Android malware hammers phones with unwanted ads

The Kemoge malware contains eight root exploits, FireEye said

Android users in more than 20 countries have been infected with a particularly aggressive malware program that bombards devices with unwanted advertisements.

Researchers from FireEye found that the malicious component, nicknamed Kemoge, has been seeded inside what appear to be legitimate apps offered on third-party application stores.

"This is another malicious adware family, possibly written by Chinese developers or controlled by Chinese hackers, spreading on a global scale that represents a significant threat," wrote Yulong Zhang, a staff research scientist with FireEye.

Whomever created Kemoge repackaged legitimate apps with the malware and then promoted them on websites and through in-app ads to persuade people to download them.

Zhang listed a dozed affected apps: Sex Cademy, Assistive Touch, Calculator, Kiss Browser, Smart Touch, Shareit, Privacy Lock, Easy Locker, 2048kg, Talking Tom 3, WiFi Enhancer and Light Browser.

Third-party apps stores are considered risky places to download Android apps, as hackers frequently upload malicious apps to them. Google performs a security check on apps in its Play store, although harmful ones occasionally sneak in.

Kemoge not only displays unwanted ads, but it's also loaded with eight root exploits that target a wide range of Android devices, Zhang wrote. A successful attack using those exploits means an attacker would have complete control over the device.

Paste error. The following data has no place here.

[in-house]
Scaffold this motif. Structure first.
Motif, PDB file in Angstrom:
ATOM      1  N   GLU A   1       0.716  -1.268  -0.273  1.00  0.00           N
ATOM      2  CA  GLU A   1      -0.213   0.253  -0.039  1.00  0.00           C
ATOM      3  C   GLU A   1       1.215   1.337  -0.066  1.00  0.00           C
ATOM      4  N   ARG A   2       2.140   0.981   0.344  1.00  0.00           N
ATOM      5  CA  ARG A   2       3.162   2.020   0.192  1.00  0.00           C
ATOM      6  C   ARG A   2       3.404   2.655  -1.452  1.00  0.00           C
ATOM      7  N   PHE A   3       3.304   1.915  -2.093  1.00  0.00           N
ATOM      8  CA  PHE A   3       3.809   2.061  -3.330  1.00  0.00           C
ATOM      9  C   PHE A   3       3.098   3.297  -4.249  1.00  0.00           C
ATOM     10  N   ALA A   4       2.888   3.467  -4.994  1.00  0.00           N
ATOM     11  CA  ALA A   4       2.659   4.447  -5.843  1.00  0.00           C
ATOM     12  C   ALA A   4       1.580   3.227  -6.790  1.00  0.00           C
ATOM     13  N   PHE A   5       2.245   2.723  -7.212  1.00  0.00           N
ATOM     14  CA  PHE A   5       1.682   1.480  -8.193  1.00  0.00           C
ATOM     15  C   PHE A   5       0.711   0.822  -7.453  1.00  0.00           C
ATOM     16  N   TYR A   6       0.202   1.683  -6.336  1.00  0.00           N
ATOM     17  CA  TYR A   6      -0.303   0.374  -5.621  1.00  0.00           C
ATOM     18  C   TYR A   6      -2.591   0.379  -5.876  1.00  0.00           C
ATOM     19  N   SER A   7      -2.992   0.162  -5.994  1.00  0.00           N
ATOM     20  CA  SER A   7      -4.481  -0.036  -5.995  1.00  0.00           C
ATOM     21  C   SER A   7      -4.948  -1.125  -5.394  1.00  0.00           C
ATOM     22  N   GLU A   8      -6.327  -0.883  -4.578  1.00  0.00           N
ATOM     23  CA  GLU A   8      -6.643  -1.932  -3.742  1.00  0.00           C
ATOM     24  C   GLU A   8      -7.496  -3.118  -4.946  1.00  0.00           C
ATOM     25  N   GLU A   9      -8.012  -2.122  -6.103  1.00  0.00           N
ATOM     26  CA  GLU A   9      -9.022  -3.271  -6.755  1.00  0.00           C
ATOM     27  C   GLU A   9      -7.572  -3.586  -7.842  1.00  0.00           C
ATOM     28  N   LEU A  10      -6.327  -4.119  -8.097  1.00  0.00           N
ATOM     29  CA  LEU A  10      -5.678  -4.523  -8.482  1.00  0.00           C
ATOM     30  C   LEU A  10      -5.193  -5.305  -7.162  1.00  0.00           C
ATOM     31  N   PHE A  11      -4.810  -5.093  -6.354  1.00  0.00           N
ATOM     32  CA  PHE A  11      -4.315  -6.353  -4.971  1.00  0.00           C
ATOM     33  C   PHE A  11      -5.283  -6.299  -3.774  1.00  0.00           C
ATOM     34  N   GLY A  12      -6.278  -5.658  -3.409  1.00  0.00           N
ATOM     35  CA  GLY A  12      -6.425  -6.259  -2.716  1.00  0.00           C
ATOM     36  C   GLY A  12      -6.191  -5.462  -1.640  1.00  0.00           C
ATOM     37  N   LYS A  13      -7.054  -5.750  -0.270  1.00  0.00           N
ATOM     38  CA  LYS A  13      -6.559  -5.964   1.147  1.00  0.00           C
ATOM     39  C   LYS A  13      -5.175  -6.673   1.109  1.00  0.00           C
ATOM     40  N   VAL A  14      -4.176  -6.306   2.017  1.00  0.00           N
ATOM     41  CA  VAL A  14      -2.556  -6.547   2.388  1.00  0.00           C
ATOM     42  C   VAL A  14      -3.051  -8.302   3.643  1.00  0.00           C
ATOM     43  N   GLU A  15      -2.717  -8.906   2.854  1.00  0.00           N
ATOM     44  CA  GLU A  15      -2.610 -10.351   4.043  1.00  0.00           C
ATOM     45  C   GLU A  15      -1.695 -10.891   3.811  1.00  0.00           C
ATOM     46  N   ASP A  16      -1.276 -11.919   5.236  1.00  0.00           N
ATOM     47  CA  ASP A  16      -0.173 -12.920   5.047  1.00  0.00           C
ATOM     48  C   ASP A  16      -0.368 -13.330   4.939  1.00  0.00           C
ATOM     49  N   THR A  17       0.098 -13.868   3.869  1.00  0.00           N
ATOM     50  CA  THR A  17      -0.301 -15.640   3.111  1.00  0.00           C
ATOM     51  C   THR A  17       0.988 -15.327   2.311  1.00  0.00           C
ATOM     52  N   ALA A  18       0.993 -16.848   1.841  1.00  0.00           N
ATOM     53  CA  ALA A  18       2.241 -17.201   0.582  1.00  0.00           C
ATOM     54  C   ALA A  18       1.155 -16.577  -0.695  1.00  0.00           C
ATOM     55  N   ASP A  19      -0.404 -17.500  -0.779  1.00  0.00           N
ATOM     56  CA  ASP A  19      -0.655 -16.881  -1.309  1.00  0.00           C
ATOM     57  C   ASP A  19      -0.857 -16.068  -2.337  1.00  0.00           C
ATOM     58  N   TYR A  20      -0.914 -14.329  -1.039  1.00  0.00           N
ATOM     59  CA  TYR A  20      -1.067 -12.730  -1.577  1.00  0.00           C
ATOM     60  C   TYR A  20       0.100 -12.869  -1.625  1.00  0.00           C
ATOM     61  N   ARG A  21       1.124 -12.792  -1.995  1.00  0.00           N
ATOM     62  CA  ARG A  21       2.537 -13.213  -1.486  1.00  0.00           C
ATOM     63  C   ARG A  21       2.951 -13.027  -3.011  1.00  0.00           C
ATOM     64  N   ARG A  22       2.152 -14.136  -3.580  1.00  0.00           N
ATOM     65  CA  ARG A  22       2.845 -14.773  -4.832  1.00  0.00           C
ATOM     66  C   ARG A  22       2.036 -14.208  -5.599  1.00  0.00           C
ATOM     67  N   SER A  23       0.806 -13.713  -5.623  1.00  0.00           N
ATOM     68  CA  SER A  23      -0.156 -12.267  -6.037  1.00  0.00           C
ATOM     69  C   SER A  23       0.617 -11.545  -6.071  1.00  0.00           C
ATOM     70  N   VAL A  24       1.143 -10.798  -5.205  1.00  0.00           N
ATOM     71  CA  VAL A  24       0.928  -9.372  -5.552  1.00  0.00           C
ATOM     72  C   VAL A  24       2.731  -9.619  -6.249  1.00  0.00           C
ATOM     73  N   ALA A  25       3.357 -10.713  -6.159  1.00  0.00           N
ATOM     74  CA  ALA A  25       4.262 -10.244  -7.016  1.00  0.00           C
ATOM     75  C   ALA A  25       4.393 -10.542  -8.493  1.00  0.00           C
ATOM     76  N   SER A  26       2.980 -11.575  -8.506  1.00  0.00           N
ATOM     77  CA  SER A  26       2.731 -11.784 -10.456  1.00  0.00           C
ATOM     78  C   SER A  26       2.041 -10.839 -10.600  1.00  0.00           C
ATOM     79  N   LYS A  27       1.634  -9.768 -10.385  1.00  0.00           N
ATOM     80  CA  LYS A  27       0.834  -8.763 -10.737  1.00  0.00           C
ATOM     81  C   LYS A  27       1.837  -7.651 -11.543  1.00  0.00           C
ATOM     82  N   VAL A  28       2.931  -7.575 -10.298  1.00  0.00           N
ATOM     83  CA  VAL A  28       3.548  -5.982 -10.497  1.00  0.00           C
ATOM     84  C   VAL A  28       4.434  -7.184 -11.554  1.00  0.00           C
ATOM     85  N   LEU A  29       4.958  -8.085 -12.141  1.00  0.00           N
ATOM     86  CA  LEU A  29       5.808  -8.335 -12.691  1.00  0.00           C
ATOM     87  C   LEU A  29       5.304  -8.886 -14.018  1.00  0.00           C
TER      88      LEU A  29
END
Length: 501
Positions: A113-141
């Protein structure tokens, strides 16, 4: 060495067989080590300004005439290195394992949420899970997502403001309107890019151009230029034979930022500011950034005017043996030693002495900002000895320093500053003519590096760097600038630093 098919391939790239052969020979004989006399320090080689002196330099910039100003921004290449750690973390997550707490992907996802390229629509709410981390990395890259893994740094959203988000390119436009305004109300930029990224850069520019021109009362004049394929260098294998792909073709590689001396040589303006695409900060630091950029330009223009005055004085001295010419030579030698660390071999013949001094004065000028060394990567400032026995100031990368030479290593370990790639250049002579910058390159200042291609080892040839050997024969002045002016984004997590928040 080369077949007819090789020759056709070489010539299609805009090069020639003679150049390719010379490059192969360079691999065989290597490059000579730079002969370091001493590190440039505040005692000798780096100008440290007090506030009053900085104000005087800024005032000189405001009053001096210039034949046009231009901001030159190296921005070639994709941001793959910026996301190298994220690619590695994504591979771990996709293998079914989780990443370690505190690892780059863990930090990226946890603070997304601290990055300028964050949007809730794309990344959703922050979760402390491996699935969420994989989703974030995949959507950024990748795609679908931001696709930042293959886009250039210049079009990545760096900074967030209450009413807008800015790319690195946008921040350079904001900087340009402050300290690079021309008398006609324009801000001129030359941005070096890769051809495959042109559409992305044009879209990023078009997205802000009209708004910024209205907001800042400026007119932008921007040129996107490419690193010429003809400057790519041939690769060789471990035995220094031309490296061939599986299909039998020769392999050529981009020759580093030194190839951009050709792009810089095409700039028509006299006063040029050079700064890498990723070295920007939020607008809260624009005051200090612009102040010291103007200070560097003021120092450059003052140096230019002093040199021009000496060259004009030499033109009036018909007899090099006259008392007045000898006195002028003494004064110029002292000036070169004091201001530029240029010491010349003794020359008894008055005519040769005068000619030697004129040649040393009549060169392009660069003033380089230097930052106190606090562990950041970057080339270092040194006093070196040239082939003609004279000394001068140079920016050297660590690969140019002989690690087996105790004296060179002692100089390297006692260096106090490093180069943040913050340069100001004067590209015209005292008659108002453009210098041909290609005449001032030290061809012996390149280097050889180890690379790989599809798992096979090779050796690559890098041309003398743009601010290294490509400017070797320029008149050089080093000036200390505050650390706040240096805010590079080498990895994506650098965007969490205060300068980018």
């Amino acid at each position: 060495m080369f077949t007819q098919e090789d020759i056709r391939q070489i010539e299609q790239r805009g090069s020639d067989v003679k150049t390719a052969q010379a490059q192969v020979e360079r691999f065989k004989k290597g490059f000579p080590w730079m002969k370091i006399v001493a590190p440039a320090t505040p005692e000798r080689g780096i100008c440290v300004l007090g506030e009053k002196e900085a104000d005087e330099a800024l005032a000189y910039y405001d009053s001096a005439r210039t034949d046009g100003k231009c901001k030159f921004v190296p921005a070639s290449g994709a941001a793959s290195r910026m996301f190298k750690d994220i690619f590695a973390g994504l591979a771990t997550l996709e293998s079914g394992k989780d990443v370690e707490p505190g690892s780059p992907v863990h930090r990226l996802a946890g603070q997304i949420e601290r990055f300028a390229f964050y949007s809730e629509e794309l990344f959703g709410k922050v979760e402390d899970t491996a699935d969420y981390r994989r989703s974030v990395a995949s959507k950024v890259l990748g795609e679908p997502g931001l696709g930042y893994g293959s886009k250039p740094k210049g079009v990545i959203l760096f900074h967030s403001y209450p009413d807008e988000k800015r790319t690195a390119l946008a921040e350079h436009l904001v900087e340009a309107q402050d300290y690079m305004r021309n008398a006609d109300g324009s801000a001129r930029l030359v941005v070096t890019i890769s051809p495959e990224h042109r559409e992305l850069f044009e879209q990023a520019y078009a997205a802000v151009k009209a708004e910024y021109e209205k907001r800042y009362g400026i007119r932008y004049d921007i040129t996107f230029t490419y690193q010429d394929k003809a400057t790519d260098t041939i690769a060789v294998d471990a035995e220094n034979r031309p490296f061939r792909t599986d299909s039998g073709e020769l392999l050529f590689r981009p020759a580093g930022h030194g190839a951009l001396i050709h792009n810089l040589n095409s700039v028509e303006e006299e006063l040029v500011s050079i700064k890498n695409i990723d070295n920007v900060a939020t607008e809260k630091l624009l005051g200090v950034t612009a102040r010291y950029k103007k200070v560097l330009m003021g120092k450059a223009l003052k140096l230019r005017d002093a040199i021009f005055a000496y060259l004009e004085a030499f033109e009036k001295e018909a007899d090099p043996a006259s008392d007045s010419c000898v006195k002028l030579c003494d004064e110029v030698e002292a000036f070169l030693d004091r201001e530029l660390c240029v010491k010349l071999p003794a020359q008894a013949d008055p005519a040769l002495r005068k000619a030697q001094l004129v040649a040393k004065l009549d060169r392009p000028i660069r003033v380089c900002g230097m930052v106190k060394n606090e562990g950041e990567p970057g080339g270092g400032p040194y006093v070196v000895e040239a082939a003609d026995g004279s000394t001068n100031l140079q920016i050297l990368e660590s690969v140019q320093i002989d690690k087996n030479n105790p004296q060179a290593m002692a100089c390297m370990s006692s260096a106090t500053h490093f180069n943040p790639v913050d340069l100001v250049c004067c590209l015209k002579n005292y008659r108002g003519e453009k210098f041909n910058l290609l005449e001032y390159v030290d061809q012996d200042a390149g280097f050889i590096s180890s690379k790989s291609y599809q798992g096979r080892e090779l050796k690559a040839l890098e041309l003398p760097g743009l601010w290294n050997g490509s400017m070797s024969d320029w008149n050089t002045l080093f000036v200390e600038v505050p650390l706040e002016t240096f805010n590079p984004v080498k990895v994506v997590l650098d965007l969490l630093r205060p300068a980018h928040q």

fireeye2 FireEye

Users are persuaded to download infected apps through third-party marketplaces, and their devices are then probed for software flaws, FireEye said.

Kemoge will collect a device's IMEI (International Mobile Station Equipment Identity) and IMSI (International Mobile Subscriber Identity) numbers, information on storage and apps, and send the information to a remote server.

That command-and-control server was still running, Zhang wrote. An analysis of traffic exchanged between an infected device and the server showed Kemoge also tries to uninstall antivirus apps.

Curiously, FireEye came across an app called Shareit in Google's Play store that was signed by the same digital certificate as the malicious one found on the third-party source.

The Google Play version of ShareIt did not have the eight root exploits or contact the command-and-control server, but it did have some of the same Kemoge code libraries. It now appears to be gone from Google Play.

"We have notified Google about this threat," Zhang wrote.

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